Definition: Accountability is being responsible for the outcomes of your actions or your team.
To be held accountability one needs to have the potential to succeed in the role. To identify role potential, talent acquisition strategies should use assessments or measurements. Succession decisions should be based on performance and not tenure. Performance is not only the right person, but also an organization that designs and supports the leader in the role.
Simons (2005) indicates a well-designed role will provide the following:
- Control of resources to complete the job. The proper span of control allows the leader to make the necessary decisions. Large organizations foster a lack of accountability by conducting “management by committee.” Group decision making makes it easy to pass the blame to the group rather than accepting responsibility as an individual.
- Access to those who can assist task completion. Leaders should create teams and connections to provide the necessary knowledge. Task interdependence can vary, but the leader may need information beyond organizational silos.
- Support when help is needed. Leaders complete tasks through the action of their followers. Authenticity and trust are key to obtaining follower & customer support.
- Knowledge on how performance will be measured. The work goal should be clear so the leader knows what is expected. Being held accountable indicates an outcome (typically rewards or punishment) that contribute to motivating the behavior. It’s important that individuals are measured the same way to ensure a climate of fairness. Employees distrust organizations that hold individuals to different standards.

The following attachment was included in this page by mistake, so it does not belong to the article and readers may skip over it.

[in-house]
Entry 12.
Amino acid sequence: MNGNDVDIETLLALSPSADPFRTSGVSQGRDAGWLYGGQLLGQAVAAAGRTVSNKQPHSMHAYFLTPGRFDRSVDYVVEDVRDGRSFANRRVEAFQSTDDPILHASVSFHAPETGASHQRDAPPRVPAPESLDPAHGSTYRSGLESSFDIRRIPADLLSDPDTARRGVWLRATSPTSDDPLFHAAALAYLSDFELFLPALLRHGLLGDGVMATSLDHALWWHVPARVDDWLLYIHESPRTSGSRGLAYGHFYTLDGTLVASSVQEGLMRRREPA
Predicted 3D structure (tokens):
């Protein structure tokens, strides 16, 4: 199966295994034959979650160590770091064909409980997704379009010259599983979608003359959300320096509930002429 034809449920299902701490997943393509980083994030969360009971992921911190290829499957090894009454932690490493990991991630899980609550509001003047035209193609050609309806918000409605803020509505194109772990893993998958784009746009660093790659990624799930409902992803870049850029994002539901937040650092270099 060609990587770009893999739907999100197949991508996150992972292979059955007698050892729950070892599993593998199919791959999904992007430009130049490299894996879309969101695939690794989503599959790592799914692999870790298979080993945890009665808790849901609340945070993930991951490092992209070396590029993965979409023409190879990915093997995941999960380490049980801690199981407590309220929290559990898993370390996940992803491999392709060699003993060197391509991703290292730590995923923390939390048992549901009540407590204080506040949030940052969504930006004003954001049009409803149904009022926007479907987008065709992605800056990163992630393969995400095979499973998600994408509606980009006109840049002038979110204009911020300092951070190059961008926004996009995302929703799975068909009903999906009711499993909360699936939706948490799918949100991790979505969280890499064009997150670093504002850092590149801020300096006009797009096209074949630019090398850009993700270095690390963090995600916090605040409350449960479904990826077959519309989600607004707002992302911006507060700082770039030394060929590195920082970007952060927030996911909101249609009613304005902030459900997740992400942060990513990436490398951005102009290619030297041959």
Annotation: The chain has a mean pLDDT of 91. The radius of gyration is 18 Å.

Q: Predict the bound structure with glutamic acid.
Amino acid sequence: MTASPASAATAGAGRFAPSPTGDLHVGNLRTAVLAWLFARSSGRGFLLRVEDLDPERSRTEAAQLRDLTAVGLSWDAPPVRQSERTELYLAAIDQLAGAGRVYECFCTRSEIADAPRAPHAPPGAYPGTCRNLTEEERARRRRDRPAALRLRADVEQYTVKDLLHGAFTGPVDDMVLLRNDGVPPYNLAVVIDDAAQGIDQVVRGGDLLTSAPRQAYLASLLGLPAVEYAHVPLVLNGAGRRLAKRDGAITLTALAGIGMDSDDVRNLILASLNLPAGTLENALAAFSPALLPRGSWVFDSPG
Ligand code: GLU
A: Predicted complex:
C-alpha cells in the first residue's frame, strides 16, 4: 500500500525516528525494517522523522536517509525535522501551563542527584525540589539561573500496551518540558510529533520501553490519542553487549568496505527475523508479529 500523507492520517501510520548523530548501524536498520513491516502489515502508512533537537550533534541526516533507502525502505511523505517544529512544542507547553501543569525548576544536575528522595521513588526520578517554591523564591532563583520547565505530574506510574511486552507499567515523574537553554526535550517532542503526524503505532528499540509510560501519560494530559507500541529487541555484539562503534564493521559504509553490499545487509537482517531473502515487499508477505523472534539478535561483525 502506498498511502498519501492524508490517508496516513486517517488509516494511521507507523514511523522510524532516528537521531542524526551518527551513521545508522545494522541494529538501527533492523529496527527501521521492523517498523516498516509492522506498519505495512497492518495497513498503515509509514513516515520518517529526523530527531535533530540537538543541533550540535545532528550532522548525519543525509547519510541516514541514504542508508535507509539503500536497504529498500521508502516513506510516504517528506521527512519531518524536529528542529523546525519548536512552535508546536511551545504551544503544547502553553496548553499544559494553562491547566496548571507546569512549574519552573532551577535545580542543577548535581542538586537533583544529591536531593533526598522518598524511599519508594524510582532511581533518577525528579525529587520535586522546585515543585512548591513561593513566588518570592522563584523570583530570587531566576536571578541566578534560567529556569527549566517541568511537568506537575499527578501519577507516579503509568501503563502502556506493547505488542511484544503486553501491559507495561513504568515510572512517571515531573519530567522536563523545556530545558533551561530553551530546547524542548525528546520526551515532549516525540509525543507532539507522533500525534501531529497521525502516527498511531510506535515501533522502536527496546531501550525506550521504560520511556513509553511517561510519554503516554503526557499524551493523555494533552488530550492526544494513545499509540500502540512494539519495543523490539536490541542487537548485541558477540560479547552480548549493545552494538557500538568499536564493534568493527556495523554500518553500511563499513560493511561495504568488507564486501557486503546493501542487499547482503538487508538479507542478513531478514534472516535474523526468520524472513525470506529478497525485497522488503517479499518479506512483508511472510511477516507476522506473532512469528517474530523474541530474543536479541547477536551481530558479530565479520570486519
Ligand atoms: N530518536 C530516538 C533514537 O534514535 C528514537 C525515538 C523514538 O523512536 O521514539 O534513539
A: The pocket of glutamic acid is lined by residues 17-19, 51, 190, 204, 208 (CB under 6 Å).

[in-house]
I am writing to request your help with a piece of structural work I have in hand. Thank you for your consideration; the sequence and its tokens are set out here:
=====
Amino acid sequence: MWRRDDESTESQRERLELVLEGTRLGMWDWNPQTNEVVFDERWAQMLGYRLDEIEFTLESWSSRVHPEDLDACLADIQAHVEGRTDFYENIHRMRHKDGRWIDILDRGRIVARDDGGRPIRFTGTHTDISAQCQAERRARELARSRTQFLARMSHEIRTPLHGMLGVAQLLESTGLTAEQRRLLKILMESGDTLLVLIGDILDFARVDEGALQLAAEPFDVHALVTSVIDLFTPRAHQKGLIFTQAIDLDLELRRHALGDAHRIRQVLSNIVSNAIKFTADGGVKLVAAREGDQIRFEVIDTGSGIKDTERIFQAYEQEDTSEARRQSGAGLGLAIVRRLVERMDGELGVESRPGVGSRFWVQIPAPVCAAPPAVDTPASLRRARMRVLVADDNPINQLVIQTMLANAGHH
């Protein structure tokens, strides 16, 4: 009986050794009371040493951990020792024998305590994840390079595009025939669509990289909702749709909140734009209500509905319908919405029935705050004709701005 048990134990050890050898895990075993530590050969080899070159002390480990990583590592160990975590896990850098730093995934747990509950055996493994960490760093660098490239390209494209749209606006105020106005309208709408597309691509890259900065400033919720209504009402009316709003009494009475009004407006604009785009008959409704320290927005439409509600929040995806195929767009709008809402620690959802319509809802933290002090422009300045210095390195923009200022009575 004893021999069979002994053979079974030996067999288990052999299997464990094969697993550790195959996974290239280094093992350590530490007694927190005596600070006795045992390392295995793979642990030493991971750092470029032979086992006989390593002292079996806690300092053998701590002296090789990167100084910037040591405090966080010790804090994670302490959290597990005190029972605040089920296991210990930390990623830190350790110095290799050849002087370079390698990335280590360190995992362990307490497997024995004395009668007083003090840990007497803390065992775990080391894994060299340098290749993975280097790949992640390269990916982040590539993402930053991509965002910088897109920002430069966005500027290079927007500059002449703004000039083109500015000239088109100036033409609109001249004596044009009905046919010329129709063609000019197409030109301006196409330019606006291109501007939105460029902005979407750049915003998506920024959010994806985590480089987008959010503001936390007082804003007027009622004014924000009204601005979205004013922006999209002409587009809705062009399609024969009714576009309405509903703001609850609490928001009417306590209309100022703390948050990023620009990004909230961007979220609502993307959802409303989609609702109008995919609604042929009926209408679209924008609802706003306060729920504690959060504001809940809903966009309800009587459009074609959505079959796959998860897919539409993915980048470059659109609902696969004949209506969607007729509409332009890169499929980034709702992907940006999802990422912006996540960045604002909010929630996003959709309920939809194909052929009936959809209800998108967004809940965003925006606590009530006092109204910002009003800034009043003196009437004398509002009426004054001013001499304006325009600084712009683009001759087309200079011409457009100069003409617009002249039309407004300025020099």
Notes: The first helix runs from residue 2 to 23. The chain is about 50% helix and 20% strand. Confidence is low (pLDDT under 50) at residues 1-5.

It is important to understand the impact of the organization on the leader’s behaviors. In the classic article “On the Folly of Rewarding A, while Hoping for B” Kerr (1995), writes that by rewarding the wrong behavior, organizations are reinforcing that behavior. An honest look at the company culture may find blockers that are impeding the leader’s performance. In the end leaders are going to be held accountable for their actions, it is best to provide them with the opportunity for success.
Kerr, S. (1995). On the folly of rewarding A, while hoping for B. The Academy of Management Executive, 9(1), 7-14.
Ricks, T.E. (2012). What ever happened to accountability? Harvard Business Review, 90(10), 93-100.
Simons, R. (2005). Designing high-performance jobs. Harvard Business Review, 83(7/8), 54-62.